Video, 34 min 35 sec
Supported by Gogova Foundation.
Station YE5 is a two-channel video essay dedicated to blending environmental and ideological contexts at a special astrophysical observatory. This video is part of a large-scale project that investigates the heritage of the era of Soviet modernism in the village of Nizhny Arkhyz, in the Russian Caucasus. The aim of the work is to reveal and study the inertial effects of Soviet modernist installations on the environment, and the nature and degree of mutual influences between this environment and the social fabric of the village.
Nizhny Arkhyz is home to the Special Astrophysical Observatory of the Russian Academy of Sciences, a Soviet science facility centred around a six-meter telescope, which was completed in 1975 and remained the largest telescope in the world until 1993. In Nizhny Arkhyz the history of Soviet astrophysics and Soviet modernism mixes with the everyday thinking of contemporary people.
The video essay presents the stories of people who have been influenced to various extents by Soviet artifacts and the specific geography of the place. In the absence of a documented history of the village and of any taxonomy, the study of the past is bound to make its own interpretation of many events, so that the reality of the picture, which the study produces, can be called into question. The artist interacts with the ghosts of Soviet modernism and the forces of nature, sending a message to the faceless nature of things, through which they acquire meaning and spirit.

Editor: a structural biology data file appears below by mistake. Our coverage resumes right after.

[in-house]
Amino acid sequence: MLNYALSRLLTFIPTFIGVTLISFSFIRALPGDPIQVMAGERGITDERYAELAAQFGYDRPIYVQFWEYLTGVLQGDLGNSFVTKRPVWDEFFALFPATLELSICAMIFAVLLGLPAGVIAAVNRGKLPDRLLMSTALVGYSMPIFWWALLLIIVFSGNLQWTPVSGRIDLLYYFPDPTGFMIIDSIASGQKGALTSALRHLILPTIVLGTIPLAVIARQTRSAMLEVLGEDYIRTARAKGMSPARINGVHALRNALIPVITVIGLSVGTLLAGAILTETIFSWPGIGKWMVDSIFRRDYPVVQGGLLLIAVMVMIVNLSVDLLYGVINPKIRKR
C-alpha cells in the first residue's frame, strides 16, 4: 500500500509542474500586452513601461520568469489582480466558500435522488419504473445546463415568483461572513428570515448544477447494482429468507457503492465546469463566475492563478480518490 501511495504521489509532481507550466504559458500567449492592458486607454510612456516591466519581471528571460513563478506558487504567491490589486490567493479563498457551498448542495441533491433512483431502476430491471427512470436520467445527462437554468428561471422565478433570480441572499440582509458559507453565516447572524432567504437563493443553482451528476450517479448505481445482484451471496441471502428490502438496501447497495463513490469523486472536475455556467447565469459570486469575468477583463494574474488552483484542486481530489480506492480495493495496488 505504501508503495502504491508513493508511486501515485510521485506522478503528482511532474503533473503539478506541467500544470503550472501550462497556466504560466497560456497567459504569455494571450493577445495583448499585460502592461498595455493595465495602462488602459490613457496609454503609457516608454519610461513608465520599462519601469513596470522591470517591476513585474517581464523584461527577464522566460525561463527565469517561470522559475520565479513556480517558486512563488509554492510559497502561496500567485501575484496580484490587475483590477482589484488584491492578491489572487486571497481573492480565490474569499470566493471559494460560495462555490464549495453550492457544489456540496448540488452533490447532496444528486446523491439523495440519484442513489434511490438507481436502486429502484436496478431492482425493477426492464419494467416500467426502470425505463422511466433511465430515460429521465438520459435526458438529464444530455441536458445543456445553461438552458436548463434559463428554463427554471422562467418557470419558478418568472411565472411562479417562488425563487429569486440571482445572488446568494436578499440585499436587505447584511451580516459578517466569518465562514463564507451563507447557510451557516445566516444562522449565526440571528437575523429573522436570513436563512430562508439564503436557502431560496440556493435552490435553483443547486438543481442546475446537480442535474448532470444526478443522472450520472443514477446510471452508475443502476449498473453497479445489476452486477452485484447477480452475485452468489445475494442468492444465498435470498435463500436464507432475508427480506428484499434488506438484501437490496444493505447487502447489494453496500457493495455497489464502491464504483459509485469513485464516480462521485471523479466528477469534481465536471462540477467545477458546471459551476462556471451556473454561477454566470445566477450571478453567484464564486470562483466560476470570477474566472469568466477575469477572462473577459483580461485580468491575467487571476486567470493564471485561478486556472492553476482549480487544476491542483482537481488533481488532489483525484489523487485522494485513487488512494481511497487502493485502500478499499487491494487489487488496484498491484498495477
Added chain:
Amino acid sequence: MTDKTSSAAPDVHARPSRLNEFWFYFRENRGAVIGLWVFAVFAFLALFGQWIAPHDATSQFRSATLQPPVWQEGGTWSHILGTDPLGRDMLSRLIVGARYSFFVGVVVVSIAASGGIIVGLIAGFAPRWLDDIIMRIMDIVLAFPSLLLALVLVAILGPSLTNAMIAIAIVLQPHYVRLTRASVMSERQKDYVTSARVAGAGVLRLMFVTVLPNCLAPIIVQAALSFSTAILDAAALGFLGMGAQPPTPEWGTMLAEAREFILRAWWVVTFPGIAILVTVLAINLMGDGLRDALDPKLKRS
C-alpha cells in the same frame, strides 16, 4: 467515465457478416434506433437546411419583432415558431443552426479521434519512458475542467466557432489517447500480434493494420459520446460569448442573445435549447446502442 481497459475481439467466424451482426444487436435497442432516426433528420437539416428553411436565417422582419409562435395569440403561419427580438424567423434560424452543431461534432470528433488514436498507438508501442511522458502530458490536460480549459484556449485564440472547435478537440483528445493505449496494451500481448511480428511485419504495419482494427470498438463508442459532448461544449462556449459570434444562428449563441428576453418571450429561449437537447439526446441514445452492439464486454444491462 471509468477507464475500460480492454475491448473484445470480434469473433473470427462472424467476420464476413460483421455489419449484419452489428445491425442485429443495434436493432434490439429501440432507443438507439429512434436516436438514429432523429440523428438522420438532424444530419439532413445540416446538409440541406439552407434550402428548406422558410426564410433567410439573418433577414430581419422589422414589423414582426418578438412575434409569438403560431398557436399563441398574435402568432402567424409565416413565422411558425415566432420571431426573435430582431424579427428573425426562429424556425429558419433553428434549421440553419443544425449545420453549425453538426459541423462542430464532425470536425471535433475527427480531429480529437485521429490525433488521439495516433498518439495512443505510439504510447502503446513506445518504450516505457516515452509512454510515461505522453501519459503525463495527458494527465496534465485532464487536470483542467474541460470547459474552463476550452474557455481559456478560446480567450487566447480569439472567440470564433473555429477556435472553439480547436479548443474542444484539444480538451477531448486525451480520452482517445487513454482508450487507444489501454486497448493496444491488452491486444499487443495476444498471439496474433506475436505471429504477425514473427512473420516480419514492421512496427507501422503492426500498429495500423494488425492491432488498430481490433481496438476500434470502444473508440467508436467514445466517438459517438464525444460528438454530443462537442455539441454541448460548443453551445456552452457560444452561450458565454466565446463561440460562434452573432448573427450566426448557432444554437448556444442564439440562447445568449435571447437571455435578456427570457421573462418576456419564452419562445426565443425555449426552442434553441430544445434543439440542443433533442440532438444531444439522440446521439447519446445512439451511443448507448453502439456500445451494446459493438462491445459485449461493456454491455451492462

Vassily Sumin (b. 1990, Zheleznogorsk) is an artist, whose practice is based on transforming knowledge of various disciplines—science, ecology, mythology, political and social—into art projects.
Sumin participated in group shows: Measure of Chaos (The Popov Communication Museum, St. Peter…